On Becoming a Rocketship
By William Sansom
My ten-year-old-self reads all the speculative science of rocket ships and trips to the moon.
The great problem they said was that we must achieve an "escape velocity" of 25000 miles an hour to break free of earth’s gravitational hold. In 1956 this was the magic number.
The notion of escape velocities stays with you. It was a requirement in my father’s exotic job as Captain on a 747, flaps down , four jet engines accelerating to take off speed, the huge jet roaring down runways to gain traction in the air, at about 180mph escape velocity all that metal, fuel, luggage and people become light as a feather.
There is a relativity to breaking free, in my dreams I can once again run, no evidence of emphysema, I crest the top of a difficult hill, arms wide in triumph, for just a moment, I, too, am part of the air. Light as a feather.
In my dream.
My reality leaves me struggling to not fall, the ground beckons.
Emphysema carries the defeat of effort in the disastrous appeal of lethargy, movement becomes so uncomfortable, lying still so inviting, escape velocity from the couch so distant.
It is everything to will yourself to rise, you must become your own rocket ship, stand erect on steroid weakened legs, imagining
the moon straight ahead, traction in the air in each shaky step.
That is where I am now, progressing by decreasing the prednisone allowing weakened muscles to rebuild, attempting to outwit the couch’s gravitational grasp by a defiant rise.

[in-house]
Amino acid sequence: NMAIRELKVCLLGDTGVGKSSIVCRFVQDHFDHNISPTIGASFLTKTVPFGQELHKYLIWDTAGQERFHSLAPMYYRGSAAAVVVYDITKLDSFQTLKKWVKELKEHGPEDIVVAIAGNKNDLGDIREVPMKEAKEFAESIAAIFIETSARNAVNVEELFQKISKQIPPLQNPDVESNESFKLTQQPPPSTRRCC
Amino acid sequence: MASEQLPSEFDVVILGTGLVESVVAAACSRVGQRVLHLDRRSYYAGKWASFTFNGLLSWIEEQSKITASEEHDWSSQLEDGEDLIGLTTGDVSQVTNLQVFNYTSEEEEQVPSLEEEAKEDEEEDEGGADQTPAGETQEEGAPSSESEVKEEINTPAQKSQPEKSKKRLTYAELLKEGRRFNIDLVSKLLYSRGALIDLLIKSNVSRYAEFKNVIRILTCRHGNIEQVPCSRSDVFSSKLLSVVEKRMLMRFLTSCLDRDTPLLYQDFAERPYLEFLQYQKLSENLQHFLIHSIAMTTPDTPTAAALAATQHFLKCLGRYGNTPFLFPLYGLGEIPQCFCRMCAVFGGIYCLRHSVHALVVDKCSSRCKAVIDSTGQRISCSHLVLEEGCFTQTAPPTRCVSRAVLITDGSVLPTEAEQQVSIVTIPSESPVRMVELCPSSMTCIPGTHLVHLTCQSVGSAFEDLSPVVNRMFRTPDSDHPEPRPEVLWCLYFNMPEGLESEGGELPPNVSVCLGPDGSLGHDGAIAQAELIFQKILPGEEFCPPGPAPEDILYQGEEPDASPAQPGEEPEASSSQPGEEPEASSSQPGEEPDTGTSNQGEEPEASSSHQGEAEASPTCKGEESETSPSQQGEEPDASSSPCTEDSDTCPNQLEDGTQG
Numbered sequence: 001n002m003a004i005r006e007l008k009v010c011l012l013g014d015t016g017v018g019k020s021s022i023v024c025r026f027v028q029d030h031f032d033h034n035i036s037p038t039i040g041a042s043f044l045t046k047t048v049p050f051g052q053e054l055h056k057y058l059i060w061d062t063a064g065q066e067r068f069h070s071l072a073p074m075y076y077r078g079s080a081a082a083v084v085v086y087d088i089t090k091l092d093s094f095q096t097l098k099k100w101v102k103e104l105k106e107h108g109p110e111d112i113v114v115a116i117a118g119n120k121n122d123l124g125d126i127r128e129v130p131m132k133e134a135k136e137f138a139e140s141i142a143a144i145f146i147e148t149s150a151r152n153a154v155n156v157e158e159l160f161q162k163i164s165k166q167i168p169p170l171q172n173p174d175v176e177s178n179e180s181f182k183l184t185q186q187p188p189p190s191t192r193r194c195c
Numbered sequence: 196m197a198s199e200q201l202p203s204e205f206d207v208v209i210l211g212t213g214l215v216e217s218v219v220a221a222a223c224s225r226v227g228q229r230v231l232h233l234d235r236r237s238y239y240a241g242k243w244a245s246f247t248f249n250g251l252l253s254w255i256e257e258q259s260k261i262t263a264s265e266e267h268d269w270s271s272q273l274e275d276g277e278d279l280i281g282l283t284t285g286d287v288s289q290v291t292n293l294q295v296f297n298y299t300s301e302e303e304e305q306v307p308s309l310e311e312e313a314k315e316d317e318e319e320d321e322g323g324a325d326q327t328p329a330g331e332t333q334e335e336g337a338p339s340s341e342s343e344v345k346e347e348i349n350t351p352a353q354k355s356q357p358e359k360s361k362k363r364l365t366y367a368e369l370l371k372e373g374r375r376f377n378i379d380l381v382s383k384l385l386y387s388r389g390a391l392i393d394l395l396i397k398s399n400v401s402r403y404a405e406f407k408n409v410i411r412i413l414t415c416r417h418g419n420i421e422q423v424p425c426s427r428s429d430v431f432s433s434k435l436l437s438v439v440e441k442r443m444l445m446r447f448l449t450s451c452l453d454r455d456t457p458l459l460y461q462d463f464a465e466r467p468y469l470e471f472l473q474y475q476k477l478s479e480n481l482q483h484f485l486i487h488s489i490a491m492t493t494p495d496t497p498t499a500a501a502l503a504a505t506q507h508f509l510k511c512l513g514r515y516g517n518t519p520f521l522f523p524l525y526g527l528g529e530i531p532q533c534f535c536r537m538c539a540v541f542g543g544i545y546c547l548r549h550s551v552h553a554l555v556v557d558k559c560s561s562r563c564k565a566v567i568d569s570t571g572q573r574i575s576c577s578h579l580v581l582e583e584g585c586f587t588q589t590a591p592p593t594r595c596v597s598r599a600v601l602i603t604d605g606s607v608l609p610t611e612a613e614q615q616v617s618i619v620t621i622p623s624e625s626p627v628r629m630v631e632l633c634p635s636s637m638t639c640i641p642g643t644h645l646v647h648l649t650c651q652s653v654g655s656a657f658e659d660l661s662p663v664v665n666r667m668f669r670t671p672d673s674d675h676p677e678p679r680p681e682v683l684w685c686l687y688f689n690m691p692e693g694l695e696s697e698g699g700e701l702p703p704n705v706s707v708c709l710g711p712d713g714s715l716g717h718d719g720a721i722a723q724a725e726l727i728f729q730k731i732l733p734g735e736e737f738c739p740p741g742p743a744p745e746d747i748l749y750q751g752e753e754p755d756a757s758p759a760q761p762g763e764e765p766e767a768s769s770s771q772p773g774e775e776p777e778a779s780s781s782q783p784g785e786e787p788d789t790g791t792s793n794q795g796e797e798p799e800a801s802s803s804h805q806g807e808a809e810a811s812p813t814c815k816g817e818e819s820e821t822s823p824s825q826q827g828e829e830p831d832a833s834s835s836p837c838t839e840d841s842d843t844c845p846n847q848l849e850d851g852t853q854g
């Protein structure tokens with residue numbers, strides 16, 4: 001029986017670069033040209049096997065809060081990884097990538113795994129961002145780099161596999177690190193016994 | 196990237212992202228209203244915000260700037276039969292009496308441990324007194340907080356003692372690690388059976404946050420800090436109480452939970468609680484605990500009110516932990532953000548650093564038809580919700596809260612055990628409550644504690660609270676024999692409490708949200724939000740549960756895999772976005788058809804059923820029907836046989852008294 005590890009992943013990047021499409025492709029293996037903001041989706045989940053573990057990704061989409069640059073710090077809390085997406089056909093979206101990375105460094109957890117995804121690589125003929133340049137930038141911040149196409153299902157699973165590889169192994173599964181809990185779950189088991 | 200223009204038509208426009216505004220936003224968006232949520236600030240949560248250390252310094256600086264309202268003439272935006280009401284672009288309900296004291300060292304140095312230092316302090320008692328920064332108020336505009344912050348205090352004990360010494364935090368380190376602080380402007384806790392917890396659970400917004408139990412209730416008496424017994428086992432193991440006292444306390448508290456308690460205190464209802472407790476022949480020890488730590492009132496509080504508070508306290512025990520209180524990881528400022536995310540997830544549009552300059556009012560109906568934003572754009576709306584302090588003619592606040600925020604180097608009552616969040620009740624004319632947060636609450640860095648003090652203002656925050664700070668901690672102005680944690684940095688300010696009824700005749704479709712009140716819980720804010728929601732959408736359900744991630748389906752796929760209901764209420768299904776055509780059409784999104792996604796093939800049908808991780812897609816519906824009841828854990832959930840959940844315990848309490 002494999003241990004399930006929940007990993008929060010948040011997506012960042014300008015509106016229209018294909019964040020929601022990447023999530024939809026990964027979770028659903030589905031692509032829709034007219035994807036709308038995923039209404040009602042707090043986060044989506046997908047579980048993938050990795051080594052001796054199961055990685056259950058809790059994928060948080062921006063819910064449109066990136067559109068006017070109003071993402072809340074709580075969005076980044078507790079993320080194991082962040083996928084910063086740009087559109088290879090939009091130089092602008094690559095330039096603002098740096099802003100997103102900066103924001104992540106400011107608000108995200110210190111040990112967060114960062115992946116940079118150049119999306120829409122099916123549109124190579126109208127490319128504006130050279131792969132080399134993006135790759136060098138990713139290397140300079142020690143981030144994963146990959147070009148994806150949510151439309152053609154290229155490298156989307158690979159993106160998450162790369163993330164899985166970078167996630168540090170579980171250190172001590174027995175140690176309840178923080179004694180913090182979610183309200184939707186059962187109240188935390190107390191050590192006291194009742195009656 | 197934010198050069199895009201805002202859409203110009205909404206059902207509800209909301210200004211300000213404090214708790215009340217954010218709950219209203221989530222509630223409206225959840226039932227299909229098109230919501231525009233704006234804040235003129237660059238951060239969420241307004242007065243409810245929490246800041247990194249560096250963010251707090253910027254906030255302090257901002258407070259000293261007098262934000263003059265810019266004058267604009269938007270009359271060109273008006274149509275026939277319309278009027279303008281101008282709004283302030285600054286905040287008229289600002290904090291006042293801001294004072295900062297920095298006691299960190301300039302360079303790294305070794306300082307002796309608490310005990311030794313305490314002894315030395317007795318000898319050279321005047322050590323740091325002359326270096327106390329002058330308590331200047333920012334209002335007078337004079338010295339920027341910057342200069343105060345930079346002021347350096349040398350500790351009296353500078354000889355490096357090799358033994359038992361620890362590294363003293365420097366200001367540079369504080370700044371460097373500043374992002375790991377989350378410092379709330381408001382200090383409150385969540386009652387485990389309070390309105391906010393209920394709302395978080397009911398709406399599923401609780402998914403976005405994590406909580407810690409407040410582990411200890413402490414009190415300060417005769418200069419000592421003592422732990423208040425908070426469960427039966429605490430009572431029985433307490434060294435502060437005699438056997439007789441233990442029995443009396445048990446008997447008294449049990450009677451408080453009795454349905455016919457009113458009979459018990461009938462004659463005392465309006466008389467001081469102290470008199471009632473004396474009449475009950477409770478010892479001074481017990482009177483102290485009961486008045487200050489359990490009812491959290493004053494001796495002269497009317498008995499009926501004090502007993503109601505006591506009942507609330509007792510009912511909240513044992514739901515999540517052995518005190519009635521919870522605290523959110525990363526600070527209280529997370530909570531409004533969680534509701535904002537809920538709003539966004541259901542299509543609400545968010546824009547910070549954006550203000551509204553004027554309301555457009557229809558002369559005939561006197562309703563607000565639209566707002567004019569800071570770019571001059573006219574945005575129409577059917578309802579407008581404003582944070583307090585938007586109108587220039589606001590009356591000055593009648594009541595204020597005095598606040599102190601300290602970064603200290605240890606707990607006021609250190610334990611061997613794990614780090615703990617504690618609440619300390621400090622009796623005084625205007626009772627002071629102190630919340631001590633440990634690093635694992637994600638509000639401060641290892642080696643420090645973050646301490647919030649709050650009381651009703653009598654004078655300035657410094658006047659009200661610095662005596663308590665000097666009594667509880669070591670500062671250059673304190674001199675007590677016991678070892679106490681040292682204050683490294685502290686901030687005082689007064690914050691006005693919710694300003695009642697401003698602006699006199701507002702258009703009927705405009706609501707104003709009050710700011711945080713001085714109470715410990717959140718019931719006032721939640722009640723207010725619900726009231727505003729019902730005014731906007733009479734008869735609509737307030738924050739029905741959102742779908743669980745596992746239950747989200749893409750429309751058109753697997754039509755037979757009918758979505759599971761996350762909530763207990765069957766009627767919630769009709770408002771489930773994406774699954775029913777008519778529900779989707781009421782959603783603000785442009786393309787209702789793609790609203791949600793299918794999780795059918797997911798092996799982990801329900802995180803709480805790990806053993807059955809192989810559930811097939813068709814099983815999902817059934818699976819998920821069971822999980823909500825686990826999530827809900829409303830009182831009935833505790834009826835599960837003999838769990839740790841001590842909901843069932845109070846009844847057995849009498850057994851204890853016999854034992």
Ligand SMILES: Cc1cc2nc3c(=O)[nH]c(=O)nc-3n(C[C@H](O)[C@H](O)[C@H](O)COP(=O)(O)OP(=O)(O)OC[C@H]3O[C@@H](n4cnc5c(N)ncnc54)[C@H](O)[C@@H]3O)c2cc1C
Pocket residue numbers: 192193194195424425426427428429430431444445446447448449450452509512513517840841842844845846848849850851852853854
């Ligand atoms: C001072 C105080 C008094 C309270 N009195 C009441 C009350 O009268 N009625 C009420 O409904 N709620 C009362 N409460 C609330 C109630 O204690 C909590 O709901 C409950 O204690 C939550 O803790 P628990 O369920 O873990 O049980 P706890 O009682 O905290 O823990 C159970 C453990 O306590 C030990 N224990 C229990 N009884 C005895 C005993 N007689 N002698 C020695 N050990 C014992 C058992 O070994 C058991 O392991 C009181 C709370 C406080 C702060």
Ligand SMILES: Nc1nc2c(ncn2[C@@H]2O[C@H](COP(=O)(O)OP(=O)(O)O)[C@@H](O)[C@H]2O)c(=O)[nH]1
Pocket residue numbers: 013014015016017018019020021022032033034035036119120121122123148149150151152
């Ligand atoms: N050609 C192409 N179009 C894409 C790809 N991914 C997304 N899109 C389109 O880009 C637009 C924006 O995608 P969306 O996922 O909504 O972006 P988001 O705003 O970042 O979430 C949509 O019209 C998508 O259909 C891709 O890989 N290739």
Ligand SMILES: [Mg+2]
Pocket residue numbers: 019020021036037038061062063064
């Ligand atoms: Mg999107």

I am pleased and amused at my dream of running, emphysema-free, like we view ourselves in afterlife, in perfect health at our ideal age.
At 71 and compromised, I try for practicality, how optimistic and mobile can I be?
The answer is exploratory like improving accessibility to my electric scooter.,
Freedom from needing others’ help - yes!
Then I imagine becoming as independent as running in my own dream, or as unshackled by practicality, as a ten-year-old’s belief in his own rocketship.
My emphysema tethers me to a grimmer truth.
Dreams are wishes cloaked by better desires,
my days search for ways to make them real. The first is always escape velocity, off the couch, stand up straight, try again.
I know I can do this, my pulmonary team agrees, adjusting medication, adding in therapy, iron supplements and well wishes.
Of course I can do this.
Because my escape velocity isn’t about speed. For me, it is about effort and will. Good as a rocketship.
I can do this.
William Sansom is a 100% disabled veteran who acquired severe emphysema at the age of 70 after solving other health crises.
While it may be impossible to reclaim his former life, writing has allowed him to find perspective.
He often reads his pieces to his doctors, nurses, neighbors, and friends.